Habakkuk then prays in chapter 3. His description, of God’s glory and grandeur is second to none in the entire Bible. Habakkuk describes the faithful and continued dealings of God with His people. How He brought them into the land of Canaan as they promised. This of course is a foreshadowing of Jesus and how He will ring us into the Kingdom. It is the Kingdom that He has already initiated with His first coming and will complete upon His second coming. We see a type or shadow of a greater salvation yet to come in Christ…and a greater promised land which is Heaven. A time and place we can only get a glimpse of now but will see in full when Christ comes to reign in full.

Habakkuk uses the word “Selah” in this prayer (v.3, 9 & 13). It is an appeal to silence or for one to pause from what they are doing. This is done because,the Lord is in his holy temple; let all the earth keep silence before him as Habakkuk 2:20 had told us. This silence is to wait and see, “what he will say to me” ~ Habakkuk 2:1

Do we have this silence with God as Habakkuk did? Can we hear if He calls on us and beckons us to do His will? Has the world cluttered and drowned Him out? Do we still make the time for God to enlighten us and illuminate our paths…or do we walk in darkness? It often takes a Biblically fine-tuned mind, eyes and ears to hear and see what God wants of us. It is not our will that need be done…it is His. If we are not paying attention we end up doing our own will by default. This is the will of a fallen person. It takes biblical and spiritual focus to stay on God’s task rather than our own selfish ones.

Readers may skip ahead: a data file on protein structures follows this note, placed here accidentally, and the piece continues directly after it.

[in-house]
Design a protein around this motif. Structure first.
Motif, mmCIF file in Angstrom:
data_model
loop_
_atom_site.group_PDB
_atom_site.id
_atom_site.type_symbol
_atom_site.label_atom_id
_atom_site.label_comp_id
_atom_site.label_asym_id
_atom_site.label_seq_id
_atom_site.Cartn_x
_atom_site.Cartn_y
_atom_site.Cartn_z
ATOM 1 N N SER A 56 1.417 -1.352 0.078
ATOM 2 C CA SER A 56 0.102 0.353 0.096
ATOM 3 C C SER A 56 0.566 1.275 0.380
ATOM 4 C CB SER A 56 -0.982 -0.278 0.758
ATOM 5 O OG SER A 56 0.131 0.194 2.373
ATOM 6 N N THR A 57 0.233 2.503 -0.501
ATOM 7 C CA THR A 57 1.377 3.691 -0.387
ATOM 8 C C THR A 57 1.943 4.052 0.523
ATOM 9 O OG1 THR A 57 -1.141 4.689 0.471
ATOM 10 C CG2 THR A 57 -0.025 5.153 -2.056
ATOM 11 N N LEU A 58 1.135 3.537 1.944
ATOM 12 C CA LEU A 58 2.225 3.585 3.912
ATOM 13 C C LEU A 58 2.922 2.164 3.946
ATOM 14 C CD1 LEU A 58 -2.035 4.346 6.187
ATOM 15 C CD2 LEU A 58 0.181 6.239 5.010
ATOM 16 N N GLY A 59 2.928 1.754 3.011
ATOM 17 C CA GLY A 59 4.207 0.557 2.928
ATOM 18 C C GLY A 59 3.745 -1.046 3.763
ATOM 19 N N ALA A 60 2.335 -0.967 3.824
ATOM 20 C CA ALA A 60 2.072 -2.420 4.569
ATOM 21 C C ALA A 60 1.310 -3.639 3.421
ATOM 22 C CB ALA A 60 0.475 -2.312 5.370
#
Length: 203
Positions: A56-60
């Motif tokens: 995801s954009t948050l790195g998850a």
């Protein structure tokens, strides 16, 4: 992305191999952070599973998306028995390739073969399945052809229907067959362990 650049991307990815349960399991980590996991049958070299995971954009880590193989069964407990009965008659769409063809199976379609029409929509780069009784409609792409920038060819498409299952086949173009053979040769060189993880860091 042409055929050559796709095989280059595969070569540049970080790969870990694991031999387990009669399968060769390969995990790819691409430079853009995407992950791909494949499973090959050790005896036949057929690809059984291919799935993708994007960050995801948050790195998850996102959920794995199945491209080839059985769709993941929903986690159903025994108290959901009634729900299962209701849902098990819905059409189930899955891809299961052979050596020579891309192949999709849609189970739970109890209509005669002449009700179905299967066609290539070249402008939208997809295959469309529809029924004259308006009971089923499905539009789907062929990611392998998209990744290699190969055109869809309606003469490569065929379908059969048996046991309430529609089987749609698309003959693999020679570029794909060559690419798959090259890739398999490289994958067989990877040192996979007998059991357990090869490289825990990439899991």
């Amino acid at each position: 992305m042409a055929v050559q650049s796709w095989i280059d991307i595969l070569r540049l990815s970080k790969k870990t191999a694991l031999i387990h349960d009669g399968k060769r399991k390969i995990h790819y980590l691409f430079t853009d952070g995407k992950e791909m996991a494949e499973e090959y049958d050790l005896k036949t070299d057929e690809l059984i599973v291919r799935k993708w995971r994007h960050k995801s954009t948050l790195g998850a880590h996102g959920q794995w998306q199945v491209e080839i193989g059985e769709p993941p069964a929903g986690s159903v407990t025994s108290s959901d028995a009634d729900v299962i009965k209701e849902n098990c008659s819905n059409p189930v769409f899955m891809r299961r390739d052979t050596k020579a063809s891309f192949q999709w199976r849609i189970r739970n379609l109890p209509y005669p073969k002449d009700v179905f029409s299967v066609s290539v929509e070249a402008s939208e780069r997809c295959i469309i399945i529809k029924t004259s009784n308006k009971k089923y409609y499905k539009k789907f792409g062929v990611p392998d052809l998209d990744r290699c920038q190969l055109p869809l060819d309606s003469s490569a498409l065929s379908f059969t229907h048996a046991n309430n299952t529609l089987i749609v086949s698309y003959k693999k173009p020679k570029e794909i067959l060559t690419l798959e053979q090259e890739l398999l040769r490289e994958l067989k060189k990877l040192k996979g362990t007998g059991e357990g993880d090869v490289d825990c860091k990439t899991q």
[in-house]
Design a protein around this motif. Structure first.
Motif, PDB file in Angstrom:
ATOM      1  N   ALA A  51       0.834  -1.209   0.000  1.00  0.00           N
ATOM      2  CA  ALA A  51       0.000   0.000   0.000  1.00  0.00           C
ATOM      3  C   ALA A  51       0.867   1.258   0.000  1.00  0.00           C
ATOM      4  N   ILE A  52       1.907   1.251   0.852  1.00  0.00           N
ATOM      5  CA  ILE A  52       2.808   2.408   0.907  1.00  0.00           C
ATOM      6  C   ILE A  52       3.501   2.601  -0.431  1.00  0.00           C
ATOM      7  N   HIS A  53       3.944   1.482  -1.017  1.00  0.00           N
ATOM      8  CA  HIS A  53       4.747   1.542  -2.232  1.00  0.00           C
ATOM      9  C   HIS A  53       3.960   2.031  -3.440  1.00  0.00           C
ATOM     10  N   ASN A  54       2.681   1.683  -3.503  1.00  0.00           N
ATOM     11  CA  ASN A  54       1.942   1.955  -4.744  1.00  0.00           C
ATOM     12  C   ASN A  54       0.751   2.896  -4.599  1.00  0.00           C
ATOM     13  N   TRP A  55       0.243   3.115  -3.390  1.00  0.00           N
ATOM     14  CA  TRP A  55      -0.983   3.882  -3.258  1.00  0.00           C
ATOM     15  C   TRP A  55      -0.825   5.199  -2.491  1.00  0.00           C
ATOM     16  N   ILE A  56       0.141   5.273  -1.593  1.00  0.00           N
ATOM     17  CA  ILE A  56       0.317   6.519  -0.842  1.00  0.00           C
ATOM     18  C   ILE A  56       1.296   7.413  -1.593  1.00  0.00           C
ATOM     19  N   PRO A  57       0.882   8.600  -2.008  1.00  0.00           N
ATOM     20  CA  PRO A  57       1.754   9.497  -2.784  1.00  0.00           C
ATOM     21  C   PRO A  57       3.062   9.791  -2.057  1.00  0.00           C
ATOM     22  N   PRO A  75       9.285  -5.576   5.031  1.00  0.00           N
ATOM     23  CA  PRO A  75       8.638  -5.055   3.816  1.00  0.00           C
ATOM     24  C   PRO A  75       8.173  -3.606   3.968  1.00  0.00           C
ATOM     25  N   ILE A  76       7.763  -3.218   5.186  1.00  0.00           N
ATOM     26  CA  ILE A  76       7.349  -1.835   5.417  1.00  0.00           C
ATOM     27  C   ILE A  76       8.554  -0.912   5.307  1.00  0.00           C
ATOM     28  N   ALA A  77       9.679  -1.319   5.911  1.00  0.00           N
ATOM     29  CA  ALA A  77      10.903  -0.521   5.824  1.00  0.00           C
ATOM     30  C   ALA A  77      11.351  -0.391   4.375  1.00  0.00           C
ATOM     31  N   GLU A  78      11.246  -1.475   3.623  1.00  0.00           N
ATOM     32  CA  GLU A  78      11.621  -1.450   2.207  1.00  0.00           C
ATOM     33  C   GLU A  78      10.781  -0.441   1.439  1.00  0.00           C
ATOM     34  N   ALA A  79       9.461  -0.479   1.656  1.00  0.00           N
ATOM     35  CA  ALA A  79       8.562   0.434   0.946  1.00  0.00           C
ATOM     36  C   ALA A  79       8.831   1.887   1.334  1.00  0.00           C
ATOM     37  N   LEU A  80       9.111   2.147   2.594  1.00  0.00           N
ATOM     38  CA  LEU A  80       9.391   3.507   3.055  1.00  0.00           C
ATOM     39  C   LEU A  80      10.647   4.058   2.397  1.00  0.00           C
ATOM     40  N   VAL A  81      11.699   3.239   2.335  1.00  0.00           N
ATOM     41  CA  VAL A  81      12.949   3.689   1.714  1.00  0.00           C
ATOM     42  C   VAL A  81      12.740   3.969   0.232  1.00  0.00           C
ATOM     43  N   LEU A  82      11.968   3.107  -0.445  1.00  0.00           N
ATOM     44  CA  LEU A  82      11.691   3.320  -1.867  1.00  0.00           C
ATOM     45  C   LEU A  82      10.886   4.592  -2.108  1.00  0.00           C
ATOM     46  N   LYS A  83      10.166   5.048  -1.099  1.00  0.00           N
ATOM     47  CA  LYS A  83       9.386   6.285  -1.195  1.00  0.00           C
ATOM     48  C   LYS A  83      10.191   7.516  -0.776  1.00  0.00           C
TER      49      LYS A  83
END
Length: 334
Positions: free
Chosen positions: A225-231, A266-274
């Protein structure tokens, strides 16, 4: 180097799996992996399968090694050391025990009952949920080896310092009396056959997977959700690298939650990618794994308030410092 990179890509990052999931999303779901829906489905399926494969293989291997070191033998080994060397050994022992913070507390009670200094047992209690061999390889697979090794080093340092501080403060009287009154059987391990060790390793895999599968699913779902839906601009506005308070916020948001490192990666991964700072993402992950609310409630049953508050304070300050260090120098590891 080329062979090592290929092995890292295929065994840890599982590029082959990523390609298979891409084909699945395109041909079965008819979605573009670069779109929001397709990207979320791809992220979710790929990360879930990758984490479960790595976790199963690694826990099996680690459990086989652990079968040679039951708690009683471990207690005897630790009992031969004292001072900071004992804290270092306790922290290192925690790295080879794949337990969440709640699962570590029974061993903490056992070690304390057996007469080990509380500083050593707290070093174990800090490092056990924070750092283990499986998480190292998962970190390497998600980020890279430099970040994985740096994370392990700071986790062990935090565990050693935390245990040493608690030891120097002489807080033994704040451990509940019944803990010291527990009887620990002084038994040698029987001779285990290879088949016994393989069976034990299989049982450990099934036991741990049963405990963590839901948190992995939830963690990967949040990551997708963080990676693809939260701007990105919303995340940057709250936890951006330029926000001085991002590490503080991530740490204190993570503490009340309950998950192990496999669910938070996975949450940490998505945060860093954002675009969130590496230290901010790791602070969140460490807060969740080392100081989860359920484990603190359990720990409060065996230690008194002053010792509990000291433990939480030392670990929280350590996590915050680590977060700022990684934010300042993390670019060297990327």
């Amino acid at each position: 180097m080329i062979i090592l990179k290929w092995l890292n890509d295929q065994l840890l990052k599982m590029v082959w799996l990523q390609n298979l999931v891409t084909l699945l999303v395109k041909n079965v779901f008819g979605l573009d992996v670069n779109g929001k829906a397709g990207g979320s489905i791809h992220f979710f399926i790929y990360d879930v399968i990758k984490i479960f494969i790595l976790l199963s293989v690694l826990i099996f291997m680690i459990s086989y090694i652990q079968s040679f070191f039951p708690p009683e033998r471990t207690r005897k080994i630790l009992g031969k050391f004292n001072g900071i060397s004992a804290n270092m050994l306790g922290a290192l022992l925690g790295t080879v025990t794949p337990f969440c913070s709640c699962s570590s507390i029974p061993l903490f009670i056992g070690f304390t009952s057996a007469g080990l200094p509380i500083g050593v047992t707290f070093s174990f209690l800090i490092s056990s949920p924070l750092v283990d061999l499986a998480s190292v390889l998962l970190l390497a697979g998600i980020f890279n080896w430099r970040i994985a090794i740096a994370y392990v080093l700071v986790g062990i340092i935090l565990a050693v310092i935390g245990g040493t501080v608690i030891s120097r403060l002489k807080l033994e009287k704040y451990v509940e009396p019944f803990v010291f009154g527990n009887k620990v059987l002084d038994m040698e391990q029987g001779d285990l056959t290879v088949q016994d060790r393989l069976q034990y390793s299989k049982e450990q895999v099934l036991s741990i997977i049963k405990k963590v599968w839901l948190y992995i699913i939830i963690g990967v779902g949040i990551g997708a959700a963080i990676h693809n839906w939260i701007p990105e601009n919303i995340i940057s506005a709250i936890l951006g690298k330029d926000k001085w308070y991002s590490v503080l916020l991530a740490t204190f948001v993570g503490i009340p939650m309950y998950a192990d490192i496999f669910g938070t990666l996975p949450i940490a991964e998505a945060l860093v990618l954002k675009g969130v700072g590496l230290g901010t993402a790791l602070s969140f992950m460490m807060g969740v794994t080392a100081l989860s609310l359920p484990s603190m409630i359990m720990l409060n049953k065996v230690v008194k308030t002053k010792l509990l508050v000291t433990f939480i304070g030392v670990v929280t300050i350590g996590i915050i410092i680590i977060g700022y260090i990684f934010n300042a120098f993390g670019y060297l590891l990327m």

As with Habakkuk, so too with us: The righteous will live by faith alone. Sola Fide. Even in the prophets lament and the "shock and awe" effect of being in the presence of a holy God, the Lord Himself comforts Habakkuk. He can and will do the same for us. 

No one said being a man of God was going to be easy. As a matter of fact the Bible states just the opposite.

Luke 9:23 ~ “…whoever wants to be my disciple must deny themselves and take up their cross daily and follow me.”

Matthew 10:34 ~ “Do not suppose that I have come to bring peace to the earth. I did not come to bring peace, but a sword.”

In the face of abject failure and inability to get anything accomplished for God or the Kingdom because of the evil that confronts and resists us, we’re exhorted and encouraged by the little book of Habakkuk. When all hope is well-nigh deader than a door nail we read a prophet that is willing to lift of God’s name aloft even in the face of his consternation and confusion—in total faith (as he had nothing else to rely on).

We see Habakkuk lift up God’s glory in the face of failure and what appears to be desolation:

Habakkuk 3:17-19 ~ “Though the fig tree does not bud and there are no grapes on the vines, though the olive crop fails and the fields produce no food, though there are no sheep in the pen and no cattle in the stalls, yet I will rejoice in the Lord, I will be joyful in God my Savior. The Sovereign Lord is my strength; he makes my feet like the feet of a deer, he enables me to tread on the heights.

The words “God my savior” are interesting. They are more properly understood as: “The God of my Salvation.” It is in this compact term for Habakkuk’s God that we see Jesus most clearly. It is stating בֵּאלֹהֵ֥י  יִשְׁעִֽי “Elohim-of my salvation”, “Jehovah-salvation” or “Jehovah is Salvation”: The modern rendering of this phrase is very familiar to Christians. It is Jesus! Praise God!

Hebrews 5:9~ “…and, once made perfect, he became the source of eternal salvation for all who obey him”

Just thought you’d like to know.